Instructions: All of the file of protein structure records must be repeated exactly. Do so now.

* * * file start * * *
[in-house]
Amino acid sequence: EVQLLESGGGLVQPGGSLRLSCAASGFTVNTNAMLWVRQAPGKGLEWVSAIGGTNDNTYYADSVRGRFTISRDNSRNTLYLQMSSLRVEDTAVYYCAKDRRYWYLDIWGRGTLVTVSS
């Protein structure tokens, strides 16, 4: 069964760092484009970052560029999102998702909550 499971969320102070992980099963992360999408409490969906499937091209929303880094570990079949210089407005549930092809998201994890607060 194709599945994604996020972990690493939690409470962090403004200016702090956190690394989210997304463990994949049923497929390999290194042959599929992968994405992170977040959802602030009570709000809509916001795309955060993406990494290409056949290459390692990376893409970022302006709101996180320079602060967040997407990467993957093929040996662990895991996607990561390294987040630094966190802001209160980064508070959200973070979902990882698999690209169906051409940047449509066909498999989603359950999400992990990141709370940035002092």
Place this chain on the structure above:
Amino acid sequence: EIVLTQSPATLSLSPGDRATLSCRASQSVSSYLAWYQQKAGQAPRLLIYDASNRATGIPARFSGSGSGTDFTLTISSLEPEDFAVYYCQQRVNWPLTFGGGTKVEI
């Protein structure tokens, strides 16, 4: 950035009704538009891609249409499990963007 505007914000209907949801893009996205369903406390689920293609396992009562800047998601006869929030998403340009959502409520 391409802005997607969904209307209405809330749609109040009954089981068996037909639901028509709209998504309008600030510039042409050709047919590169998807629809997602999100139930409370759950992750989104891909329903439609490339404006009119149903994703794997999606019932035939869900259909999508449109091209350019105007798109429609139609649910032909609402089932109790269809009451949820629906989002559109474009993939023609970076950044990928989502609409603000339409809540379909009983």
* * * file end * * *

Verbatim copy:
[in-house]
Amino acid sequence: EVQLLESGGGLVQPGGSLRLSCAASGFTVNTNAMLWVRQAPGKGLEWVSAIGGTNDNTYYADSVRGRFTISRDNSRNTLYLQMSSLRVEDTAVYYCAKDRRYWYLDIWGRGTLVTVSS
């Protein structure tokens, strides 16, 4: 069964760092484009970052560029999102998702909550 499971969320102070992980099963992360999408409490969906499937091209929303880094570990079949210089407005549930092809998201994890607060 194709599945994604996020972990690493939690409470962090403004200016702090956190690394989210997304463990994949049923497929390999290194042959599929992968994405992170977040959802602030009570709000809509916001795309955060993406990494290409056949290459390692990376893409970022302006709101996180320079602060967040997407990467993957093929040996662990895991996607990561390294987040630094966190802001209160980064508070959200973070979902990882698999690209169906051409940047449509066909498999989603359950999400992990990141709370940035002092």
Place this chain on the structure above:
Amino acid sequence: EIVLTQSPATLSLSPGDRATLSCRASQSVSSYLAWYQQKAGQAPRLLIYDASNRATGIPARFSGSGSGTDFTLTISSLEPEDFAVYYCQQRVNWPLTFGGGTKVEI
């Protein structure tokens, strides 16, 4: 950035009704538009891609249409499990963007 505007914000209907949801893009996205369903406390689920293609396992009562800047998601006869929030998403340009959502409520 391409802005997607969904209307209405809330749609109040009954089981068996037909639901028509709209998504309008600030510039042409050709047919590169998807629809997602999100139930409370759950992750989104891909329903439609490339404006009119149903994703794997999606019932035939869900259909999508449109091209350019105007798109429609139609649910032909609402089932109790269809009451949820629906989002559109474009993939023609970076950044990928989502609409603000339409809540379909009983």